• We are sorry, but NCBI web applications do not support your browser and may not function properly. More information
Logo of iaiPermissionsJournals.ASM.orgJournalIAI ArticleJournal InfoAuthorsReviewers
Infect Immun. Sep 2001; 69(9): 5805–5812.
PMCID: PMC98698

Type 3 Fimbrial Shaft (MrkA) of Klebsiella pneumoniae, but Not the Fimbrial Adhesin (MrkD), Facilitates Biofilm Formation

Editor: A. D. O'Brien

Abstract

Isolates of Klebsiella pneumoniae are responsible for opportunistic infections, particularly of the urinary tract and respiratory tract, in humans. These bacteria express type 3 fimbriae that have been implicated in binding to eucaryotic cells and matrix proteins. The type 3 fimbriae mediate binding to target tissue using the MrkD adhesin that is associated with the fimbrial shaft comprised of the MrkA protein. The formation of biofilms in vitro by strains of K. pneumoniae was shown to be affected by the production of fimbriae on the bacterial surface. However, a functional MrkD adhesin was not necessary for efficient biofilm formation. Nonfimbriate strains were impaired in their ability to form biofilms. Using isogenic fimbriate and nonfimbriate strains of K. pneumoniae expressing green fluorescent protein it was possible to demonstrate that the presence of type 3 fimbriae facilitated the formation of dense biofilms in a continuous-flowthrough chamber. Transformation of nonfimbriate mutants with a plasmid possessing an intact mrk gene cluster restored the fimbrial phenotype and the rapid ability to form biofilms.

The ability of bacteria to form biofilms has been suggested to play a role in the pathogenesis of numerous bacterial species (4, 5, 31). The formation of biofilms by bacteria is a complex process, and even the production of a single-species biofilm requires several stages (23). A genetic analysis of factors facilitating the production of biofilms has been performed in some bacterial species, including the pathogens Pseudomonas aeruginosa (22) and Vibrio cholerae (32). These studies have suggested that both flagella and type IV pili play a role in the initial stages of biofilm formation on inanimate surfaces. Also, the production of an exopolysaccharide capsule by P. aeruginosa is influential on the establishment of biofilms, and exopolysaccharide production is increased in biofilm-associated bacteria compared to planktonic bacteria (6). In pulmonary infections of patients with cystic fibrosis, the production of the biofilm matrix is believed to play a role in protection of P. aeruginosa against host defense mechanisms and also prevents therapeutic concentrations of antibiotics from reaching the microbial cell.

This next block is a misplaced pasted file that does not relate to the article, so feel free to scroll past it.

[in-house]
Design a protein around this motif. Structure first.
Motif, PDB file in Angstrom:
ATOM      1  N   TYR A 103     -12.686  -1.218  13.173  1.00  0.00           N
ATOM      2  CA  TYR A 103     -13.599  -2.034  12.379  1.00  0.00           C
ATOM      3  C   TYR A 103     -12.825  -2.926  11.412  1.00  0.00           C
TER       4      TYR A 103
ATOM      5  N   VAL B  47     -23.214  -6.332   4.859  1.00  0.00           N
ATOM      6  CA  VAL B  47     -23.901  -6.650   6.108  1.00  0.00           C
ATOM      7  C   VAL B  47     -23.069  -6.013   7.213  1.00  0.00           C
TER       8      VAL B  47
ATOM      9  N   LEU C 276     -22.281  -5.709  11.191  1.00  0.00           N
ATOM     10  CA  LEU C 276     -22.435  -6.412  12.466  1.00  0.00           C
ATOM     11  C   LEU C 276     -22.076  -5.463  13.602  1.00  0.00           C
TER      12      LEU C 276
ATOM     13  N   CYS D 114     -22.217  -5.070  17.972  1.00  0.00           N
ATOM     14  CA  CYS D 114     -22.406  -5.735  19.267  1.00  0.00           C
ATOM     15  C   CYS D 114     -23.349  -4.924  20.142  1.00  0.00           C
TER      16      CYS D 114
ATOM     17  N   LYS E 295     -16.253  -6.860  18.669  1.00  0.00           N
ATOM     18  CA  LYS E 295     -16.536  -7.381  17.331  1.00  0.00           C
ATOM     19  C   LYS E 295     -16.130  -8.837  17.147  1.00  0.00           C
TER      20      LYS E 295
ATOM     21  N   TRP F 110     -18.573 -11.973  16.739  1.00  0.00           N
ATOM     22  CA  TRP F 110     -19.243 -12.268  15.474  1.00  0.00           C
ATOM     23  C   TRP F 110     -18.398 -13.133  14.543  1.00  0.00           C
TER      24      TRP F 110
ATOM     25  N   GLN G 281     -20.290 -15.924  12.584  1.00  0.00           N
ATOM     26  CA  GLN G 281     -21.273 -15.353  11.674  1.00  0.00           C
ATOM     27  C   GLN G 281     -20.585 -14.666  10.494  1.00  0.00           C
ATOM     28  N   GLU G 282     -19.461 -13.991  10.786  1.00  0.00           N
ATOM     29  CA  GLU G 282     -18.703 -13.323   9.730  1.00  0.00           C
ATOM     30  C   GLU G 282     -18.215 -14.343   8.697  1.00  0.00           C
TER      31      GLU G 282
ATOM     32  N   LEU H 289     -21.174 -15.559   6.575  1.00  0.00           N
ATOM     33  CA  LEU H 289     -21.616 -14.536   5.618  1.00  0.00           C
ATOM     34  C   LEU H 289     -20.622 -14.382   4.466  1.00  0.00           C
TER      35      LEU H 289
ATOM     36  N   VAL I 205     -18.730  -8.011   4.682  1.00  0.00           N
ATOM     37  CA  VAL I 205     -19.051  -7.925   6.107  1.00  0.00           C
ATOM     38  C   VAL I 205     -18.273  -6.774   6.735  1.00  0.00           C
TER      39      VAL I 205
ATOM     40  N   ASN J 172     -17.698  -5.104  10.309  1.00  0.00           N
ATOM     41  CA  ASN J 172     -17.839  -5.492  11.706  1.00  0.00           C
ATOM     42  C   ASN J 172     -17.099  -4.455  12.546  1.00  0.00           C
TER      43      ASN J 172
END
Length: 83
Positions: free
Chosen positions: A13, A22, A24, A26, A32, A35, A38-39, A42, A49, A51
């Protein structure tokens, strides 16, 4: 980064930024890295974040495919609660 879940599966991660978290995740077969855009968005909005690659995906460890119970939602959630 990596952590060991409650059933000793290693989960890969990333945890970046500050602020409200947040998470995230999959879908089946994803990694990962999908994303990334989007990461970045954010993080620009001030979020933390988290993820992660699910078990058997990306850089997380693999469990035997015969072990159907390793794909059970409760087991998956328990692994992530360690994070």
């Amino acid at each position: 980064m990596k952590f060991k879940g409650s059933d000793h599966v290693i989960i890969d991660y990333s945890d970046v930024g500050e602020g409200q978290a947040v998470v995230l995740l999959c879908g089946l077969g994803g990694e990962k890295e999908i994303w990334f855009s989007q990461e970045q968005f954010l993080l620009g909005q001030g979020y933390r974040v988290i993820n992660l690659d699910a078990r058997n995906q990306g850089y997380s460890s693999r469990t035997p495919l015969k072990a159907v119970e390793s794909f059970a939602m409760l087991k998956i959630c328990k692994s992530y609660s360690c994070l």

Klebsiella pneumoniae is an opportunistic pathogen frequently associated with nosocomially acquired infections of the respiratory and urinary tract in compromised individuals (33). K. pneumoniae is characterized by its ability to produce several distinct types of adherence factors and also copious amounts of an acidic polysaccharide capsule (29). Growth of Klebsiella strains as a biofilm mass would be expected to occur under a variety of environmental conditions, because the organism can be isolated from both clinical and nonclinical sources. However, a genetic analysis of biofilm formation and the bacterial attributes produced by K. pneumoniae responsible for this formation has not been performed.

The type 3 fimbriae are produced by most strains of Klebsiella and have been shown to play a role in binding in vitro to several types of cells and extracellular matrix proteins (ECMPs) (27). These fimbriae are produced using the chaperone-usher assembly pathway to form fimbrial appendages that are routinely detected by hemagglutination tests (14, 15). The complete nucleotide sequence of the gene cluster (mrk) encoding type 3 fimbrial expression has been reported by our group (2). The MrkA protein is the major structural component of type 3 fimbriae, whereas binding to collagen molecules is determined by the presence of the MrkD adhesin (27). Three allelic variants of the mrkD gene of K. pneumoniae have been reported and mediate binding to various components of the extracellular matrix. We have previously described the construction of K. pneumoniae MrkA and MrkD mutants that are either phenotypically nonfimbriate and nonadhesive (Fim Adh) or fimbriate but nonadhesive (Fim+ Adh), respectively (27, 30). The role of type 3 fimbriae in biofilm formation by K. pneumoniae using these mutants was investigated. In addition, we constructed a bank of Tn5 transposon mutants of K. pneumoniae to isolate mutants that were impaired in biofilm formation in vitro. Also, because phenotypic variation of type 3 fimbrial expression has been reported in K. pneumoniae (11), we compared the abilities of numerous fimbriate- and nonfimbriate-phase K. pneumoniae isolates, from diverse sources, to form biofilms using an in vitro assay.